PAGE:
The metabolome of the organism is closely linked to its phenotype and thus
forms an important tool in studying disease biology.
We currently use Mass Spectrometry based analysis of malaria-infected
erythrocytes from in vitro cultures as well as from
patients’ serum to identify unique malaria-specific biomarkers. This would
enable accurate detection of sub-microscopic infections overcoming the
limitations of traditional malaria-detection techniques. A similar
approach is also used for studying other human and animal diseases in
our laboratory. A quantitative,
targeted as well as un-targeted, global metabolomics approach is being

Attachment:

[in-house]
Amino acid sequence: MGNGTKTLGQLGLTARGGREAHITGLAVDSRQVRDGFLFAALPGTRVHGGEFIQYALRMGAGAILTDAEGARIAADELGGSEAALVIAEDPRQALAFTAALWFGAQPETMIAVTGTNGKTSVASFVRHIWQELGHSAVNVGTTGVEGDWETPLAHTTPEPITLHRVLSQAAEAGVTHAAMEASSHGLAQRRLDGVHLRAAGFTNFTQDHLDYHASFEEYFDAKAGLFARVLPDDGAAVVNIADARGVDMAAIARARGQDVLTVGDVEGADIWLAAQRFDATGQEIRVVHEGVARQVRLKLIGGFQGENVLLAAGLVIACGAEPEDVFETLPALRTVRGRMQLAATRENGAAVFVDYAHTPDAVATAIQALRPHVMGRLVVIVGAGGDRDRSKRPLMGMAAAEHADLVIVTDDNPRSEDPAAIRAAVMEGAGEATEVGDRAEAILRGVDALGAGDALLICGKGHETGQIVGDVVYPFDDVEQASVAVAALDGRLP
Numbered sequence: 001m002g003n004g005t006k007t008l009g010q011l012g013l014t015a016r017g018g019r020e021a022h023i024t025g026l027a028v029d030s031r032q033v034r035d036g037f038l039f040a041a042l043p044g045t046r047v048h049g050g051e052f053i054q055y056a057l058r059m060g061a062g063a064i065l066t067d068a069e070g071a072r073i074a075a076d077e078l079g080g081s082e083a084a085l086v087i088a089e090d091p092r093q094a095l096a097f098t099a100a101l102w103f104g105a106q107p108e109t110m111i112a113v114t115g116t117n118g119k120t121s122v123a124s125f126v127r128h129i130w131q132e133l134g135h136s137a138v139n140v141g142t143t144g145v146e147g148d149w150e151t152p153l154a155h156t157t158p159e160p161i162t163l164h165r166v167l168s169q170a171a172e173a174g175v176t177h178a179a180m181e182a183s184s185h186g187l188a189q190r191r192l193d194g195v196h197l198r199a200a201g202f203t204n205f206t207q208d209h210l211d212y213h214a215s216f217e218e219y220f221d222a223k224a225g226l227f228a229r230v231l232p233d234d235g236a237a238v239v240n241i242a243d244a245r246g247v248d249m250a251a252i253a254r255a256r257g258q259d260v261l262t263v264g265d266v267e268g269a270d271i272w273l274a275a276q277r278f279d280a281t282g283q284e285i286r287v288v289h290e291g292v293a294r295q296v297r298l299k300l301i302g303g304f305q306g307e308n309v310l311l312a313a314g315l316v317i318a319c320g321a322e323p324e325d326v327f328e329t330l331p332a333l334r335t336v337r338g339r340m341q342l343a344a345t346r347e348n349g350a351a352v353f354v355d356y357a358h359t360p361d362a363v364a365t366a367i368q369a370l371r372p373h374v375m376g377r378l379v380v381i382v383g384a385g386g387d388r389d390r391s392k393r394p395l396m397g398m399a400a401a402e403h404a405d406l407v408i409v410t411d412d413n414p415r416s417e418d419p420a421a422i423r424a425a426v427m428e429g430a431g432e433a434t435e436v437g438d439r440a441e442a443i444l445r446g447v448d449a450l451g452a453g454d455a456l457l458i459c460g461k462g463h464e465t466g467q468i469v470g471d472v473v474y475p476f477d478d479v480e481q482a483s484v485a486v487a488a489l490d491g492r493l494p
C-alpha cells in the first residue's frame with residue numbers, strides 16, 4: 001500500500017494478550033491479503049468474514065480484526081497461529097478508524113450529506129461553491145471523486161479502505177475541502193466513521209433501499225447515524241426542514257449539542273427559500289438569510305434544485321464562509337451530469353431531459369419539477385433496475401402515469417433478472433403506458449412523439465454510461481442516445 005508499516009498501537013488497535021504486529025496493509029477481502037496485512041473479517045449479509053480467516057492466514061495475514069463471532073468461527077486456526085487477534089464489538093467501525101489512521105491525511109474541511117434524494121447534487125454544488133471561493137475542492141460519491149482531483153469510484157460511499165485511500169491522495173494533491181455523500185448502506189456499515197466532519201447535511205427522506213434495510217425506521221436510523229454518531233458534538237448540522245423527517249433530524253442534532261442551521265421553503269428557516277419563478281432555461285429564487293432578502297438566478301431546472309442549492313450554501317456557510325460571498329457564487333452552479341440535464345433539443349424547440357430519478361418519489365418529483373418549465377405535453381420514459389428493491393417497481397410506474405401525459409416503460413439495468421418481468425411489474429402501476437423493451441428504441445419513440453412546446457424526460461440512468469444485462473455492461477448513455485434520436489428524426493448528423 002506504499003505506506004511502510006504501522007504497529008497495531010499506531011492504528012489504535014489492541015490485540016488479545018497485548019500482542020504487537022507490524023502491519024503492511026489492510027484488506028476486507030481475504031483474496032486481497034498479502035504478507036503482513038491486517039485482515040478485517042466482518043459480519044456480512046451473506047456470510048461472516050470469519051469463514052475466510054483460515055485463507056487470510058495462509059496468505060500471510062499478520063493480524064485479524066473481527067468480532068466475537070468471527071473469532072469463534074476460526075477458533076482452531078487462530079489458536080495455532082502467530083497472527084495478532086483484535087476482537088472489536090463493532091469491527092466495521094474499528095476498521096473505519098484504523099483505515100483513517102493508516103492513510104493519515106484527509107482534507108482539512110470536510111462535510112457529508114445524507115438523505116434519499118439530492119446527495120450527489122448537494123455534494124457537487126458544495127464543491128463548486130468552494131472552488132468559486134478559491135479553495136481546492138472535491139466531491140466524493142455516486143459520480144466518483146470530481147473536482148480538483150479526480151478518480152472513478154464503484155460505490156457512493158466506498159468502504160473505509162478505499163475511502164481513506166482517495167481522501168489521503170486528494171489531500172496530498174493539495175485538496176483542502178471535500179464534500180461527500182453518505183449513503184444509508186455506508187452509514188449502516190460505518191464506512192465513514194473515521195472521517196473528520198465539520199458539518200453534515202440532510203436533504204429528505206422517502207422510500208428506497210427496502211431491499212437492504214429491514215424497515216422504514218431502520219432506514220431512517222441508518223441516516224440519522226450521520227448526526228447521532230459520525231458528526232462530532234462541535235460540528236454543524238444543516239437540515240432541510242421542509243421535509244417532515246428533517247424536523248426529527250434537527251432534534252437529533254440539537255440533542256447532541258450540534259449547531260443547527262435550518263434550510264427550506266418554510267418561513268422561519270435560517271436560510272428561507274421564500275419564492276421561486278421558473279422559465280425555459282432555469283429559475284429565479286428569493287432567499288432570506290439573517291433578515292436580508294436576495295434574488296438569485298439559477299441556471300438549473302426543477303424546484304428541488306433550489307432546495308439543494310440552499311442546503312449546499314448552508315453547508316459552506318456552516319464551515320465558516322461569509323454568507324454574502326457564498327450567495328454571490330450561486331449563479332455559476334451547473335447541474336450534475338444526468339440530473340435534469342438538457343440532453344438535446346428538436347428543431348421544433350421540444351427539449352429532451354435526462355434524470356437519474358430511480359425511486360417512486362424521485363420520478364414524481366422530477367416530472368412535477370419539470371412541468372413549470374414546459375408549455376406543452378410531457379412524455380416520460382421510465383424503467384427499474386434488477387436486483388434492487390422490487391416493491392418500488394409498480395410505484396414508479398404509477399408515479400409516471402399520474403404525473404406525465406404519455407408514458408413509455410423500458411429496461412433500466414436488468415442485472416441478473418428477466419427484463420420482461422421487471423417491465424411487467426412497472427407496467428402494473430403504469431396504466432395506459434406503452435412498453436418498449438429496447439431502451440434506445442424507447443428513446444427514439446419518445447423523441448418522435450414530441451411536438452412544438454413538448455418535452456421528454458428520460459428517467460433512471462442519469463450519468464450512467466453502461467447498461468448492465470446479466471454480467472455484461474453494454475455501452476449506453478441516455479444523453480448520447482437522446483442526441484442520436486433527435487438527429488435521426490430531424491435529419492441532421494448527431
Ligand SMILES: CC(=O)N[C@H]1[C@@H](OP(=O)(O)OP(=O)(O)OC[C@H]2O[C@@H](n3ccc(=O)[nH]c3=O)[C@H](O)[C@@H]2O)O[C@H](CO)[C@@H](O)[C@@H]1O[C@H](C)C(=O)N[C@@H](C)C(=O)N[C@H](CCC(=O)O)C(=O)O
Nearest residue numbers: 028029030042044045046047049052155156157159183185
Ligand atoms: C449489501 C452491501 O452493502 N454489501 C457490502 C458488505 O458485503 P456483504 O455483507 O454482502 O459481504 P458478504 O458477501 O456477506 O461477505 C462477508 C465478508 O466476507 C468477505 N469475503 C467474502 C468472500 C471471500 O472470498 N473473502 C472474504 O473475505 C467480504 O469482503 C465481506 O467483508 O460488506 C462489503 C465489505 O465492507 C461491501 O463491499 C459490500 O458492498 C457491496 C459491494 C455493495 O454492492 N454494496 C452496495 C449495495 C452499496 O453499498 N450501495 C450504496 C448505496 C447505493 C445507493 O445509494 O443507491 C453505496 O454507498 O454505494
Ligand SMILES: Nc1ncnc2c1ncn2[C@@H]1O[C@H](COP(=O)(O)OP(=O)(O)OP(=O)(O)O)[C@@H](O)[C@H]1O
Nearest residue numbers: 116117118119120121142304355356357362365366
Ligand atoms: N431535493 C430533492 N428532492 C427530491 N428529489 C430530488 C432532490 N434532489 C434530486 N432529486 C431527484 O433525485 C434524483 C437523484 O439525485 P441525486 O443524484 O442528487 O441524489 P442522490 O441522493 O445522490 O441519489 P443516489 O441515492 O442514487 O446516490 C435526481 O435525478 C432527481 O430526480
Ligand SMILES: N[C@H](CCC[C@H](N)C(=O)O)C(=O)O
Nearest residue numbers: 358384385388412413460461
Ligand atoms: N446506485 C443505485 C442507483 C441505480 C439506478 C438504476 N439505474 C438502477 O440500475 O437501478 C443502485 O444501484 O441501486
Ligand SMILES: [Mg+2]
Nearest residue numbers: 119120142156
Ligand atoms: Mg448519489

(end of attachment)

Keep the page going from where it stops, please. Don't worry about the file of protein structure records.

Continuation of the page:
used to decipher the metabolic pathways in human diseases.
We also use the mass spectrometry approach to identify in-born errors of metabolism in neonates. These disorders constitute a diverse heterogenous group of disorders and a significant percentage of neonates suffer from these disorders. Early detection by using the highly sensitive method of mass spectrometry could potentially help provide early diagnosis and appropriate disease management strategy for children suffering from these diseases.